SREBP1 promotes invasive phenotypes by upregulating CYR61/CTGF via the Hippo-YAP pathway

Chi Yu Kuo, Yuan Ching Chang, Ming Nan Chien, Jie Yang Jhuang, Yi Chiung Hsu, Shih Yuan Huang, Shih Ping Cheng

Research output: Contribution to journalArticlepeer-review

16 Scopus citations


Aberrant lipid metabolism provides bioenergetic, biosynthetic, and redox supplies to cancer cells. Previous studies have reported differential lipid profiling in thyroid malignancies. Sterol regulatory element-binding protein 1 (SREBP1), encoded by the SREBF1 gene, is a master regulator of cellular lipid homeostasis. The clinical and functional significance of SREBP1 in thyroid cancer is not well understood. Here, we showed that SREBP1 expression is significantly upregulated in invasive thyroid cancer than in normal thyroid tissue or benign thyroid nodules. High tumoral SREBP1 expression was associated with extrathyroidal extension, advanced disease stage, and shorter disease-specific survival in patients with differentiated thyroid cancer. SREBP1 overexpression significantly increased the oxygen consumption rate, filopodia formation, and migratory and invasive capacities of thyroid cancer cells. Knockdown of SREBF1 or treatment with an SREBP1 activation inhibitor fatostatin had the opposite effect. RNA-Seq analysis showed that modulation of SREBP1 expression was accompanied by corresponding changes in the expression of epithelial–mesenchymal transition markers and CYR61/CTGF. SREBP1-facilitated cell invasion could be abrogated by treatment with a YAP inhibitor such as verteporfin or genetic silencing of CYR61 or CTGF. In summary, SREBP1 upregulation can be used as a prognostic indicator for thyroid cancer and SREBP1 overexpression is involved in cancer invasiveness, at least partly, through upregulation of CYR61/CTGF via the Hippo-YAP pathway.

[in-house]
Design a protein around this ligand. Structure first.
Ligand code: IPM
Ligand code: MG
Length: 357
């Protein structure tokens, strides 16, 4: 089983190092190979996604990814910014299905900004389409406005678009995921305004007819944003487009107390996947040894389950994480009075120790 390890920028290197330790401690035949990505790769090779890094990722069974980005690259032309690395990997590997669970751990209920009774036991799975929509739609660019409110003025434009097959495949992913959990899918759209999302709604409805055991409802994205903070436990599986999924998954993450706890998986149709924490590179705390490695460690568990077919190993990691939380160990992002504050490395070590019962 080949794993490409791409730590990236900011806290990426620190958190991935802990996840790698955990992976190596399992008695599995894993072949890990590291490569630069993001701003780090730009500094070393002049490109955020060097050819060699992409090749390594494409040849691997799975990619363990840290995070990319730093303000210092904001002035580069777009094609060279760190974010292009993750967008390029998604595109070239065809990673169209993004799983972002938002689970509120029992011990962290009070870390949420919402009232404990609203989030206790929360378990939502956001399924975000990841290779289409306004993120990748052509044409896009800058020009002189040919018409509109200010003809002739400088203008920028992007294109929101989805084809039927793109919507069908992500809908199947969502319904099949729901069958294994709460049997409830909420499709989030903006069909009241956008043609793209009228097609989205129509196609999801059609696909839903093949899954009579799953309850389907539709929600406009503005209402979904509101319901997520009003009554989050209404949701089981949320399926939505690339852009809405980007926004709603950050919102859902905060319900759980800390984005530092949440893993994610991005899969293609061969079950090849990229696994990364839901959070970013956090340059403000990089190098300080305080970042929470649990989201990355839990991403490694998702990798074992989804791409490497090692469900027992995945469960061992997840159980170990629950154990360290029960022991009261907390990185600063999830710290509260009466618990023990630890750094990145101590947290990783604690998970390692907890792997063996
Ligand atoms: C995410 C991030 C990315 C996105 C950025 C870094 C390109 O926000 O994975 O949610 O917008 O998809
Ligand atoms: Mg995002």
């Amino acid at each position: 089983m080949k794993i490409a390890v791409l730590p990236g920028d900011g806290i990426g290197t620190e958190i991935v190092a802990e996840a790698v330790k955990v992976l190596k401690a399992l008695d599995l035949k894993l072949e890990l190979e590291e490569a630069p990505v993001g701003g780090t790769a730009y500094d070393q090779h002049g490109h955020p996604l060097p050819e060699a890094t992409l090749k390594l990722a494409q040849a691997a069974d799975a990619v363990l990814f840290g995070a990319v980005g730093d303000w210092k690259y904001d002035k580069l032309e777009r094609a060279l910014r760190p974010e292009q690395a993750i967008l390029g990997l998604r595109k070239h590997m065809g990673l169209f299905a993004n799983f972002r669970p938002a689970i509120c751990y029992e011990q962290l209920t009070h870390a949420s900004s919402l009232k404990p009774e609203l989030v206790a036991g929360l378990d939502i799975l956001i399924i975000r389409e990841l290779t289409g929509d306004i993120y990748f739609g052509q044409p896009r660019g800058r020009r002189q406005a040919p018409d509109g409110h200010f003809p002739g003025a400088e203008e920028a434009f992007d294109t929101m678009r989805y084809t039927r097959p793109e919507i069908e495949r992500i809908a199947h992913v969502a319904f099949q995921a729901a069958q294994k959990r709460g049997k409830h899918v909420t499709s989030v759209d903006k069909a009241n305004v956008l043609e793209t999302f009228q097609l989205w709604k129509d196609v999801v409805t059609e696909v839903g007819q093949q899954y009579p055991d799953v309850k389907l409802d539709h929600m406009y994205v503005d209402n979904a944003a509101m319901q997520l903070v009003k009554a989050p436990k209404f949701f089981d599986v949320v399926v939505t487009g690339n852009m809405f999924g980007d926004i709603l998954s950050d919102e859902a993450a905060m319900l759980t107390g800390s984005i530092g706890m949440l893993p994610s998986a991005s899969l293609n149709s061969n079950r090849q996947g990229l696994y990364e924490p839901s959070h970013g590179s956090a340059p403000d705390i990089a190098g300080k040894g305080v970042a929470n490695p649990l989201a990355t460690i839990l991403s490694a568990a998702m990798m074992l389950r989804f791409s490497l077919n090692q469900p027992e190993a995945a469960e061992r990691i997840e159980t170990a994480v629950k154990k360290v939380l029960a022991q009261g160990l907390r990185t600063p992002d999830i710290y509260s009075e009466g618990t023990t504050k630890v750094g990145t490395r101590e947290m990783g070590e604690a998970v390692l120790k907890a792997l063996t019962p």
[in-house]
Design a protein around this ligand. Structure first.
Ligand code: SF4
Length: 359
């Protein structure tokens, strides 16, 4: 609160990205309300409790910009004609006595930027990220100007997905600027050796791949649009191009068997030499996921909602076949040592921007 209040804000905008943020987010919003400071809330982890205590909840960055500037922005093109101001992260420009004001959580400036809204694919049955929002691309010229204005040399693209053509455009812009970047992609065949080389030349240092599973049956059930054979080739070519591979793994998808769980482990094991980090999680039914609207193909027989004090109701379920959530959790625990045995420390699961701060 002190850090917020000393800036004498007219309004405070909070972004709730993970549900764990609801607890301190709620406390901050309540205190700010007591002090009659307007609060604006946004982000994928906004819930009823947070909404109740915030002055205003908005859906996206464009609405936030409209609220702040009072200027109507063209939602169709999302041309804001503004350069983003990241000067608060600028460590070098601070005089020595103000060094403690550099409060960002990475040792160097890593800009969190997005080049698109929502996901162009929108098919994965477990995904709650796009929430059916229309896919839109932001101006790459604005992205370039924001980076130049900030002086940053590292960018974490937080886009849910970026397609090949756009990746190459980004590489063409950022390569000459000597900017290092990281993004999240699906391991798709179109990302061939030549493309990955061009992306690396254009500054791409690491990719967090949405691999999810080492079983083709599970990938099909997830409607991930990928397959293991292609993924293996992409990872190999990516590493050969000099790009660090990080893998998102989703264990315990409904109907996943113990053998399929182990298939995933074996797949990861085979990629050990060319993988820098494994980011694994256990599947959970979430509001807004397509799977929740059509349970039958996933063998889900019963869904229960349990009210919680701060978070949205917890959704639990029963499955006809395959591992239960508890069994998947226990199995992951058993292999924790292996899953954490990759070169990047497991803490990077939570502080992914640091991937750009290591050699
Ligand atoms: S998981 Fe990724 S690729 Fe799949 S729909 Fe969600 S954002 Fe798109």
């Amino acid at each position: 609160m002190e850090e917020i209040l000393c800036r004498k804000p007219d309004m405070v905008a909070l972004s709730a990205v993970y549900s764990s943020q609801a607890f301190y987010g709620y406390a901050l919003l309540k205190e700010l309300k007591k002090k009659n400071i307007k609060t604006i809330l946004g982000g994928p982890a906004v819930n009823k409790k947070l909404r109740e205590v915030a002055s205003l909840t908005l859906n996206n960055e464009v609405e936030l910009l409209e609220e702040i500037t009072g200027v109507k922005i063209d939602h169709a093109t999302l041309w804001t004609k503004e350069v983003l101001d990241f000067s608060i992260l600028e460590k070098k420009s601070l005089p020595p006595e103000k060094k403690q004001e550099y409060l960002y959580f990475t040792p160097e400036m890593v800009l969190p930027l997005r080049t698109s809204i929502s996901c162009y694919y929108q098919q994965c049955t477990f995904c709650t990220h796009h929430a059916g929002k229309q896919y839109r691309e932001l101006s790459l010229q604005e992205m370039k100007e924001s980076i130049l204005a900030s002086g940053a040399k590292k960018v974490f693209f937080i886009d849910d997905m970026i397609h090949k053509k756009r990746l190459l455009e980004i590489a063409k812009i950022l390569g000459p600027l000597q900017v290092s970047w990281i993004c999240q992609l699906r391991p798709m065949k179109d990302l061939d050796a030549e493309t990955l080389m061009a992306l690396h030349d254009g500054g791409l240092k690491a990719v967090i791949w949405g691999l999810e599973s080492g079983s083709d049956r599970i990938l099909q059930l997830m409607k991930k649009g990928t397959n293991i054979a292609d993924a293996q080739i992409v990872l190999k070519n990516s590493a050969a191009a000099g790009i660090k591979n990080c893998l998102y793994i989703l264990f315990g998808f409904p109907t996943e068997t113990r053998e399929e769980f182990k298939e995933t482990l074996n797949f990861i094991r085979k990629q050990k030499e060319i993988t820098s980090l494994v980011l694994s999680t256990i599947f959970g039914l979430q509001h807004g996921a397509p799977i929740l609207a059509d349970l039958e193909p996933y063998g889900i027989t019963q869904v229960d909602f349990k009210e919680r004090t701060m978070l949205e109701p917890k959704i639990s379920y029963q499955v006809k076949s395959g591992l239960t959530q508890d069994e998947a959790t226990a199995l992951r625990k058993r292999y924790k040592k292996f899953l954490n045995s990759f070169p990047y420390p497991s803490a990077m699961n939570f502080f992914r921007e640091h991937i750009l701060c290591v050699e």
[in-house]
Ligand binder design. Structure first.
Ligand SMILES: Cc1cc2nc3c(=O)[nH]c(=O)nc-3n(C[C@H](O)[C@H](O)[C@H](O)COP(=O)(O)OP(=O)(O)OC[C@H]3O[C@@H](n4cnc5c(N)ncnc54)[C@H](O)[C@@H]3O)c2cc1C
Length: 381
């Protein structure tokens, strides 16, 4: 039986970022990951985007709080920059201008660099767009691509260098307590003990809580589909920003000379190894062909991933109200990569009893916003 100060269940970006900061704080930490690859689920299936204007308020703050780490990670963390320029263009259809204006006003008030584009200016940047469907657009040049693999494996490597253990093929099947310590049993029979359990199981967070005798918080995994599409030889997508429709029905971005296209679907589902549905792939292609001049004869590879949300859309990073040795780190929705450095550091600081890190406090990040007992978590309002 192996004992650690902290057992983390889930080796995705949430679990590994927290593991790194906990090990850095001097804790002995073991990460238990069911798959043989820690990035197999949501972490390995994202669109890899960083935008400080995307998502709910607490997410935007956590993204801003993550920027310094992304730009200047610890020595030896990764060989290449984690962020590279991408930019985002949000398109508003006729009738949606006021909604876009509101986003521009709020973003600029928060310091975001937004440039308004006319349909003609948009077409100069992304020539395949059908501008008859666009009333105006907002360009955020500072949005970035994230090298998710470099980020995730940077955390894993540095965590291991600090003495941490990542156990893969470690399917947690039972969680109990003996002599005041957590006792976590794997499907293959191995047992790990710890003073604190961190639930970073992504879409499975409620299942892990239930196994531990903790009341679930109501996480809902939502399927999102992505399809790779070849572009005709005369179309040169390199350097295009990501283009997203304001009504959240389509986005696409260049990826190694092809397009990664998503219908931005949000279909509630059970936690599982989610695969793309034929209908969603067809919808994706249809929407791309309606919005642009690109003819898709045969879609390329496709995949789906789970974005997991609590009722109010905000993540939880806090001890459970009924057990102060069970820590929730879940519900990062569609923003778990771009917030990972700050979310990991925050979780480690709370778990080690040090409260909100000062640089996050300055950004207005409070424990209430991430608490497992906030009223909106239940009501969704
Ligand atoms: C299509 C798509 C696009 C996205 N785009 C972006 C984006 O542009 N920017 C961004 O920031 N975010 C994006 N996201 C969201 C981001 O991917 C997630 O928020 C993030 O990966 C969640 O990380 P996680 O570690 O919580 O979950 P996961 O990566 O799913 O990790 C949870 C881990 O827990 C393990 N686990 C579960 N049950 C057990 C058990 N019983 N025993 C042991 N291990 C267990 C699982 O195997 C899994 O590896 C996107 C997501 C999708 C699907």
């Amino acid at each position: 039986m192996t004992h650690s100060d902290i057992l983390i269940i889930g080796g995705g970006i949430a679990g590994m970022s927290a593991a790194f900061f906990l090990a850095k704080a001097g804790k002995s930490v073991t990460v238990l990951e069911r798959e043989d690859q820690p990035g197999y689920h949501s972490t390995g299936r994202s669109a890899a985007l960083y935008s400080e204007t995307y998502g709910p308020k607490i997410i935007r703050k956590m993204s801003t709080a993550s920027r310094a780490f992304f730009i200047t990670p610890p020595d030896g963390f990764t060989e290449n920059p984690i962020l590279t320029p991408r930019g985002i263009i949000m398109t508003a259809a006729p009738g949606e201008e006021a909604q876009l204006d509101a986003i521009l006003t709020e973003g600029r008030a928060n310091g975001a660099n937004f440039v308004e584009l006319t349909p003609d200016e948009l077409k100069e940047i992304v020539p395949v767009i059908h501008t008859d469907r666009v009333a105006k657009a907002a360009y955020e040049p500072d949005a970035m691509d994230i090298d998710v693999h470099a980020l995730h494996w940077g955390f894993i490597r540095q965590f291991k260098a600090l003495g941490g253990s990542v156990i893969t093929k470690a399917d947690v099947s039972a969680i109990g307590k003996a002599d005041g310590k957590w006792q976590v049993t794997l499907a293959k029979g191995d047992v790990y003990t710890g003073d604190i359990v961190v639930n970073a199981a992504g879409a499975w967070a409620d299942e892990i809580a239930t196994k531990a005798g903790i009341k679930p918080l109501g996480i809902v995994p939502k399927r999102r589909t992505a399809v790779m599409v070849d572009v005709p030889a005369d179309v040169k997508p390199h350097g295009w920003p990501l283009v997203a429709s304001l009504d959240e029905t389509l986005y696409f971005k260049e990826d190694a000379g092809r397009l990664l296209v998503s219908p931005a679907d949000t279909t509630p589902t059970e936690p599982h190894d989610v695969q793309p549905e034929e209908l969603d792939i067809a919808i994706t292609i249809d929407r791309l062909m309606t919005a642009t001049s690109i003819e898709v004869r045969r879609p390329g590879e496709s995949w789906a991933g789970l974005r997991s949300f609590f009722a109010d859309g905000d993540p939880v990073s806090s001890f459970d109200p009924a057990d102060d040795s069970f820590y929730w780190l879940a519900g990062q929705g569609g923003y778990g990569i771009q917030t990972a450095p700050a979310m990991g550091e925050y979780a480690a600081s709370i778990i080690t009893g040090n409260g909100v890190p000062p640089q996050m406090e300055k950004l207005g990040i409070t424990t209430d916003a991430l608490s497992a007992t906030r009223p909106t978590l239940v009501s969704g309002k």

Original languageEnglish
Pages (from-to)47-58
Number of pages12
JournalEndocrine-Related Cancer
Issue number2
StatePublished - Feb 2022


  • SREBP1
  • invasion
  • lipid metabolism
  • thyroid cancer


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